With all that is available online these days, you might think paper magazines are obsolete. But a quick walk through the stationery aisle or the racks by the grocery checkout will convince you that paper magazines are as current and ongoing as paper books.
WHY SHOULD I DO IT?
“So what?” you might ask. “What can I learn from the old ways of communicating with others? Why would I even want to? Shouldn’t I stick to other bloggers and writers to show me the way?”
This is one more way of thinking outside the box, and expanding our exploration beyond what other bloggers typically restrict themselves to. It always helps to step away from your own blog for a while, and gain new perspectives. And we bloggers can still learn a lot from what magazine publishers are doing.
Today’s exercise is to spend a quiet hour glancing through at least one magazine, analyzing it and reviewing it. If you can find a magazine in your niche, all the better, but if you can’t, don’t let that stop you. You can learn a lot just by studying any magazine.
Have some sticky notes, and a pen and notebook handy to jot down things you observe along the way.
WHAT YOU CAN GLEAN FROM MAGAZINES
Take special note of what they do on the front cover to persuade people to buy the magazine.
What types of designs, colours, fonts, and layout do they use? Is it effective? Why or why not?
New ideas can come even from articles that are not in your own niche. It could be just the headline will catch your attention and give you an idea for a totally unrelated post for your own blog.
Learning about my niche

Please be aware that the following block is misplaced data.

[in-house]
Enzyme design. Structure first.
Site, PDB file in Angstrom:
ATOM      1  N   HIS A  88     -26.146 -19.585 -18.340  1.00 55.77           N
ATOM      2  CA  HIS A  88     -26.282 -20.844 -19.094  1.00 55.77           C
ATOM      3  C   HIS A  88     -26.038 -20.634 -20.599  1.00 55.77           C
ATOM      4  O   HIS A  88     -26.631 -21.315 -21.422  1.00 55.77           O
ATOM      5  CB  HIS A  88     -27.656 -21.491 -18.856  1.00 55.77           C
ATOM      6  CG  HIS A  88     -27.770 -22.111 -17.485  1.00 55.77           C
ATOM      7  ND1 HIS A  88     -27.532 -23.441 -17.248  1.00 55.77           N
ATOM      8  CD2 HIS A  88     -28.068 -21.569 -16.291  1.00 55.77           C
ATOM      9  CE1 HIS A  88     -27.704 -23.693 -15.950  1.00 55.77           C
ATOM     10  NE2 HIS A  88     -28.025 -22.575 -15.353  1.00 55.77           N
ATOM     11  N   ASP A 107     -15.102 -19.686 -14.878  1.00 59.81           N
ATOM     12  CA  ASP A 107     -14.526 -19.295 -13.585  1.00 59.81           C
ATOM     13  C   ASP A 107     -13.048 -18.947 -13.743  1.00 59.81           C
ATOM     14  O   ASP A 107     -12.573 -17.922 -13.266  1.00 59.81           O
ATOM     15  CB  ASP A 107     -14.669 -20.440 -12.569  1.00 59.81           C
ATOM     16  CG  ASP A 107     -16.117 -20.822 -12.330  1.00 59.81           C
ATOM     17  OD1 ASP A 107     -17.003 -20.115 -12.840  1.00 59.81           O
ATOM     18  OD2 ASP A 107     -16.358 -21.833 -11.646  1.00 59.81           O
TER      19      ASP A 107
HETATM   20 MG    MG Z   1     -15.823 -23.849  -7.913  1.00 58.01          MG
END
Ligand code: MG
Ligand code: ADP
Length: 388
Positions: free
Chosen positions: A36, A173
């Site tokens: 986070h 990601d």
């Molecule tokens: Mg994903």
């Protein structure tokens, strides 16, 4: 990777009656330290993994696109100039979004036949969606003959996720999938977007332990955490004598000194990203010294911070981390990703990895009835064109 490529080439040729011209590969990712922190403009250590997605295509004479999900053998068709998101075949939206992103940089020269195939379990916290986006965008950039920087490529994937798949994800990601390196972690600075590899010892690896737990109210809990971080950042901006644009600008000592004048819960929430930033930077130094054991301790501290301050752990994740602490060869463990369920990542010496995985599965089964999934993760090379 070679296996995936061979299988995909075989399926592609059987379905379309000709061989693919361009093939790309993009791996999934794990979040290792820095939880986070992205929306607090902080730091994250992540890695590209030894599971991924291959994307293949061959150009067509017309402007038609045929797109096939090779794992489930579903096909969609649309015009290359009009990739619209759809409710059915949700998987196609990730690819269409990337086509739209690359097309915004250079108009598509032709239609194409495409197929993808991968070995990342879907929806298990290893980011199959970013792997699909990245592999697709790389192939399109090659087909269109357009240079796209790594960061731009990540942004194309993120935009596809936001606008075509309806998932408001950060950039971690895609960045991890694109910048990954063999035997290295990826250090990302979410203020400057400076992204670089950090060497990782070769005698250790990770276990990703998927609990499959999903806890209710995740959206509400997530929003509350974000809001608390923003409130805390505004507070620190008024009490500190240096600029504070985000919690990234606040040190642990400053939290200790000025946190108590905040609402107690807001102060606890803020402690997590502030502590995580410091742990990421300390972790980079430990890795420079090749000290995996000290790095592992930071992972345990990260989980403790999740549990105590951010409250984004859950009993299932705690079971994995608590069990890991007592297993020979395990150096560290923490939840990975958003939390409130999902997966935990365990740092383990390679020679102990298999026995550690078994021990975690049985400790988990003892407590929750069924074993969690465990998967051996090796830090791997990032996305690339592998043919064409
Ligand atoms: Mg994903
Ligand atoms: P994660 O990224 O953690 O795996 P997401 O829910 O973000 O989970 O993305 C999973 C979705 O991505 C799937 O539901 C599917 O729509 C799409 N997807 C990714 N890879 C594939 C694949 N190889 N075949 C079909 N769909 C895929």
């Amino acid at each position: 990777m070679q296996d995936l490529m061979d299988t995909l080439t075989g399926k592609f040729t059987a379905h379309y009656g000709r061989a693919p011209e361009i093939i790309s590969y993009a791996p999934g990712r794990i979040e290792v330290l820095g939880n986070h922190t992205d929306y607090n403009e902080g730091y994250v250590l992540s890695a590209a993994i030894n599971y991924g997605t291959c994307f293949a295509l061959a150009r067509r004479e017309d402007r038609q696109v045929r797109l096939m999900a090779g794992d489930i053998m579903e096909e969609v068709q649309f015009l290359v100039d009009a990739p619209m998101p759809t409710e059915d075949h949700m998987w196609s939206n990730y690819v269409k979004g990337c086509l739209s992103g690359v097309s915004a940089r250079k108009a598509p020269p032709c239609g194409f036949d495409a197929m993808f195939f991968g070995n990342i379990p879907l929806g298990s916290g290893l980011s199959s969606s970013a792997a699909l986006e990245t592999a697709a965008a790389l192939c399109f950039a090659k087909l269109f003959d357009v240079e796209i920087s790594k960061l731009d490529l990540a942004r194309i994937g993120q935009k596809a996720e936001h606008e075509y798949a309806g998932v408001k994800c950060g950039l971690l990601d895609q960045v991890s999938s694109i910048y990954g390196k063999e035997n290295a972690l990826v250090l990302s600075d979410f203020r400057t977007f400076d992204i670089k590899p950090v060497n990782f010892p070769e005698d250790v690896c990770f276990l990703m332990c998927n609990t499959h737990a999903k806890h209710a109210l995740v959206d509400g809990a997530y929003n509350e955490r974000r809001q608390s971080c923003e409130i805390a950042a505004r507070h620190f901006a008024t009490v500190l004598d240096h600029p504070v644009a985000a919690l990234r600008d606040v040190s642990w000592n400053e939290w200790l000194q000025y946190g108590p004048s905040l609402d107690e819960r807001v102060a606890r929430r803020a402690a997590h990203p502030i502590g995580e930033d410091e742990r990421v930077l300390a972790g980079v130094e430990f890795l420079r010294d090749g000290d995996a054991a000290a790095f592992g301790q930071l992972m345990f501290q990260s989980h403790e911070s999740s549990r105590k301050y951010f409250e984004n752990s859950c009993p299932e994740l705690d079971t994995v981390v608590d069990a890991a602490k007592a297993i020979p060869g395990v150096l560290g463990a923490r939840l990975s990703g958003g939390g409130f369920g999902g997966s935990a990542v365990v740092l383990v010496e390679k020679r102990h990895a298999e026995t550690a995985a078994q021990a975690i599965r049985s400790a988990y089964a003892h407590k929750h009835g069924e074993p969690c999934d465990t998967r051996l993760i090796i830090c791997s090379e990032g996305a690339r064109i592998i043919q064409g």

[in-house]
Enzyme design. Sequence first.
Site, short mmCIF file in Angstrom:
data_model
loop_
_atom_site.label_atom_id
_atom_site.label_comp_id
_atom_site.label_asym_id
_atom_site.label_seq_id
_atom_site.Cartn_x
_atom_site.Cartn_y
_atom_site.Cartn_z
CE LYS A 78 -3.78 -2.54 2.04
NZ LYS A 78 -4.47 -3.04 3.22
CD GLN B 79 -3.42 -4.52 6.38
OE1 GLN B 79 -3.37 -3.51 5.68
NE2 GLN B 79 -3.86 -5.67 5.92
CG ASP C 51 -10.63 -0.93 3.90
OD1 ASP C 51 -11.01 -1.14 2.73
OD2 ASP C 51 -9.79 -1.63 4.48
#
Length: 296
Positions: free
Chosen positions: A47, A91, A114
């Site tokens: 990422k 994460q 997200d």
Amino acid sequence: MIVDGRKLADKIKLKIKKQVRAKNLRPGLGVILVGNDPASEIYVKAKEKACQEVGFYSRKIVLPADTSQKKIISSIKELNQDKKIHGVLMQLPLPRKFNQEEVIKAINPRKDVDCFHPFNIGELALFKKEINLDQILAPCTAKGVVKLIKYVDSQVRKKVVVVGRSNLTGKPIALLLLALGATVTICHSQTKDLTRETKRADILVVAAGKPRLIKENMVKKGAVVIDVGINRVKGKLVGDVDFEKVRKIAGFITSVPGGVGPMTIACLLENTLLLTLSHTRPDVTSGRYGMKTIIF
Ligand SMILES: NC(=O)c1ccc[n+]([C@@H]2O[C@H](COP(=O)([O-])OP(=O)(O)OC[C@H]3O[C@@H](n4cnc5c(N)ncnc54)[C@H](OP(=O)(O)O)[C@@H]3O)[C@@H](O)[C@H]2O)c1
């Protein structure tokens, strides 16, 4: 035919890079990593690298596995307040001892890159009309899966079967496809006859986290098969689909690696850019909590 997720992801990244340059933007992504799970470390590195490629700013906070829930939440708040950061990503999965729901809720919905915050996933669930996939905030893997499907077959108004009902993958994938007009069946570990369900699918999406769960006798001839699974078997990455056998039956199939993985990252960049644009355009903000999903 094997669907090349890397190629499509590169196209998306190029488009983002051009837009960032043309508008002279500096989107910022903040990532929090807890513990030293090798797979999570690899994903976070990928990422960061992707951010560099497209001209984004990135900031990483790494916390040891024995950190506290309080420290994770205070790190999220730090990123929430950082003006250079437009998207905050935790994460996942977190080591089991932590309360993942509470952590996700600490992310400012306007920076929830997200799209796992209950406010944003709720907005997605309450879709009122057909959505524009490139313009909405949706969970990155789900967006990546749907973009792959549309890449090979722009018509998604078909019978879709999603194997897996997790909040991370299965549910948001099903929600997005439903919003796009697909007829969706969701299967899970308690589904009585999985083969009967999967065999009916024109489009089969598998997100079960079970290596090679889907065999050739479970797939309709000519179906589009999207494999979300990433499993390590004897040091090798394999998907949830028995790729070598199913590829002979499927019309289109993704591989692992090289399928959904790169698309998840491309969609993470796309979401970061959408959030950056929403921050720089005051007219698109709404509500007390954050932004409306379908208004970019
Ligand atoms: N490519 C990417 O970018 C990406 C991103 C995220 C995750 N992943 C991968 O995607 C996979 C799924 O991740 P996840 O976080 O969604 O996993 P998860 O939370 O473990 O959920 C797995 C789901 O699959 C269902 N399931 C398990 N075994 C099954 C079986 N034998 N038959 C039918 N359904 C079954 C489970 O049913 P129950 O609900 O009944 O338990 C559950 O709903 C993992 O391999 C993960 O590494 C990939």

A magazine that is in your niche will help keep you up to date on the latest news and developments.
You can learn about effective communication from a good article on just about any topic.
Mainstream media were monetizing content long before the internet came along. It’s different from the way it’s done on the web, but some of the same principles do apply.
Magazines are increasingly working at becoming more interactive by running competitions, setting up online forums, and using reader contributions.
HOW SHOULD I DO IT?
This is how Darren Rowse suggests doing it, in today’s lesson.
First, starting with the front cover, skim through the magazine, placing a sticky note on any page that catches your attention. This should take only a minute or two.
Next, take note of what grabbed you. Was it a headline, picture, or colour? Was it the opening line of an article?
Now, take a second, slower read of the magazine. Start at the front cover and work your way through to the end.
Ask yourself some of the following questions:
Who is the target audience of this publication?
What techniques are used on the front page to draw people into the magazine?
What makes you pause to read an article? Why do you skip over the other articles?
What types of headlines are they using?
How are pictures used?
What colours are popular at the moment?
How are articles formatted (use of subheadings, bold, lists, etc.)?
What can you learn from ad placement and design in the magazine?
What the magazine do well? What does it not do well? How would you improve it?
What are the limitations of the magazine medium? How could you use this to capitalize on selling your blog?
If you’ve learned something new, or otherwise found this post helpful, please use the social share buttons. And I’d to hear from you in the comments below.